Celebrating Neurodiversity in the workplace

WHAT IS NEURODIVERSITY?

Neurodiversity describes a community of people who are neurodivergent, specifically used within the context of autism spectrum disorder (“ASD”) and extends to other neurodivergent conditions such as: Attention Deficit/Hyperactivity Disorder (“ADHD”), Dyspraxia (Developmental Coordination Disorder (“DCD”)) and Dyslexia and Dyscalculia. These neurological differences impact on the individuals’ process of information and neurocognitive functioning (Bewley and George, 2016). Essentially, neurodiversity refers to the idea that people have different experiences and have different ways of thinking and interacting, advocating that there is no “right” way of thinking, behaving, or learning.

Example: ASD describes that there are different ways of communicating, learning, and behaving. Individuals with ASD have differing abilities, strengths, and face various challenges in their day-to-day lives. Some individuals with ASD may be able to live independently, communicate verbally and have a normal or above average IQ. However, some individuals may be co-dependent. For example, affected individuals may be unable to communicate verbally and may struggle with their behaviour which can be harmful and could have an impact on their safety and well-being. Further to this, the suffering experienced by individuals may not be just physical but instead exist as a suffering that derives from being socially disadvantaged as a result of societal norms, leading to social inequality and the feeling of being excluded. 

 

Dyslexia “Dyslexia is a learning difference which primarily affects reading and writing skills. However, it does not only affect these skills. Dyslexia is actually about information processing. Dyslexic people may have difficulty processing and remembering information they see and hear, which can affect learning and the acquisition of literacy skills. Dyslexia can also impact on other areas such as organisational skills.” (British Dyslexia Association, 2019)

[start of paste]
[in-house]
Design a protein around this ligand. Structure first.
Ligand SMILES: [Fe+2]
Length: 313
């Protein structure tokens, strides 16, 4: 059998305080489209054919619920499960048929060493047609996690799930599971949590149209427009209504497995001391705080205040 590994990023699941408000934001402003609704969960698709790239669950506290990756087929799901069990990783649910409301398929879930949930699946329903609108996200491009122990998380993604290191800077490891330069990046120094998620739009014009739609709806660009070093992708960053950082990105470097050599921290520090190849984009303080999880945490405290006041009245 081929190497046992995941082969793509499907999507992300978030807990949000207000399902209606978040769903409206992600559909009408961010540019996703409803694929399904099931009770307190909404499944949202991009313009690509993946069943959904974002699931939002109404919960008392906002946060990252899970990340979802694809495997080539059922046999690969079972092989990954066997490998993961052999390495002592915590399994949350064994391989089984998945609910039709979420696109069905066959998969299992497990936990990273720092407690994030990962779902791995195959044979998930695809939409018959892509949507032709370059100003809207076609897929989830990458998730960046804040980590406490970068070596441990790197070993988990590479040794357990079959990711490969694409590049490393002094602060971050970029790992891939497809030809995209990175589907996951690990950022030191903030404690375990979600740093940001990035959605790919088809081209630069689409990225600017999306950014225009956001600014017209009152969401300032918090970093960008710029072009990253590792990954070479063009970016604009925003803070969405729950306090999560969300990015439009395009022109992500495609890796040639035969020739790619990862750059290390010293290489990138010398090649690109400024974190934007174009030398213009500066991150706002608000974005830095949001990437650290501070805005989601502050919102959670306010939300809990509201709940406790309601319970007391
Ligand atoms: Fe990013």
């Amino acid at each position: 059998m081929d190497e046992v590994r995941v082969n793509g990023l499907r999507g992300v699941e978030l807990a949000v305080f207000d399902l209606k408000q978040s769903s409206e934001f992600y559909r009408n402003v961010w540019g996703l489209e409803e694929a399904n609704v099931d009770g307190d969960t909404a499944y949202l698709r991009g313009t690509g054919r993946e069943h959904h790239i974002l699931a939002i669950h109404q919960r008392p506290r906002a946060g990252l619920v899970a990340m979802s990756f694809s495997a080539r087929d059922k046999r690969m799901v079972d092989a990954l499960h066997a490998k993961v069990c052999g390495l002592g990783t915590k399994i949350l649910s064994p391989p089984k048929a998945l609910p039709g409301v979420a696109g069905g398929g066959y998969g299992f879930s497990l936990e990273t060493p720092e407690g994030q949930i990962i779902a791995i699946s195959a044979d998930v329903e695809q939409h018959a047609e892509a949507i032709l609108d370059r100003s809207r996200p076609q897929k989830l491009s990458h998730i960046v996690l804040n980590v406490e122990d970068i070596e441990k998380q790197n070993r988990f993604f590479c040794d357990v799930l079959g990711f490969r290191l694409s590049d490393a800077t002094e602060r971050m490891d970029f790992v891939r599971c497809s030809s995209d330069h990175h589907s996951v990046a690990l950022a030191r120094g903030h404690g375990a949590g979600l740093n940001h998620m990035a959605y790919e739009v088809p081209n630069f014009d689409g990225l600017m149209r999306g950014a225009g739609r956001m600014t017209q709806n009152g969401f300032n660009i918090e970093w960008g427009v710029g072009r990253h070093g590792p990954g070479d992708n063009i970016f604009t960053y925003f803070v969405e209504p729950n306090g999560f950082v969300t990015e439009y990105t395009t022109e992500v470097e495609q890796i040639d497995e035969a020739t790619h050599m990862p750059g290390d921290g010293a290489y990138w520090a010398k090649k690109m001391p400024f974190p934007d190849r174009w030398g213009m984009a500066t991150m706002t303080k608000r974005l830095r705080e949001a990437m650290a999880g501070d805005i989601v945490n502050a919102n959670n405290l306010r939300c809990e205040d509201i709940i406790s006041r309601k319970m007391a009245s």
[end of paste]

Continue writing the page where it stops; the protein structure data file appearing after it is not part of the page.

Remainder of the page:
Dyspraxia “Dyspraxia is a form of DCD affecting fine and/ or gross motor coordination in children and adults. It may also affect speech. DCD is a lifelong condition, formally recognised by international organisations including the World Health Organisation.” (Dyspraxia Foundation, 2019)
ADHD “Attention deficit hyperactivity disorder is one of the most common childhood disorders and it can continue throughout adolescence and into adulthood. Symptoms include difficulty staying focused and paying attention, difficulty controlling behaviour, and hyperactivity (over-activity).” (ADHD Foundation, 2019)
Autism Spectrum Disorder “Autism is a lifelong developmental disability that affects how people perceive the world and how they interact with others. Autistic people see, hear, and feel the world differently to other people. Autism is recognised as a spectrum condition. All autistic people share certain difficulties but being autistic will affect them in different ways.” (National Autistic Society, 2019)

COMMON BARRIERS IN THE LEGAL SECTOR

Barriers in the legal profession make it challenging for individuals with neurodivergent conditions to enter it:

  • the academic requirements make it difficult for them to be accepted onto a qualifying law degree (LLB).
  • Most of the time neurodivergent conditions may not be recognised at early an stage, meaning that universities and firms fail to allow individuals to have the right support in place.

However, these are not the only barriers. Pursuing a career in law is competitive and the societal and psychological barriers often cause individuals to step out before they have stepped in.

However, it has been found that neurodivergent individuals possess many of the skills valued in the legal sector. Neurodivergent individuals are unique in the way they think and have skills such as lateral and strategic thinking, trouble-shooting and creative problem solving. For example, individuals with dyspraxia are very creative and show high levels of emotional intelligence. Individuals with autism can think critically and concentrate for prolonged periods of time, with the ability to produce detailed work.

It has been evidenced that a career in the legal profession is possible, which is largely epitomised by the work of David Boies and HHJ Dhir (A leading dyslexic US trial lawyer). HHJ Dhir describes how “Judges now come in all shapes and sizes. I would say in many ways, the Bar and judiciary are ideal professions for dyslexics and individuals with other special needs, because as judges we have experience of difficulty”.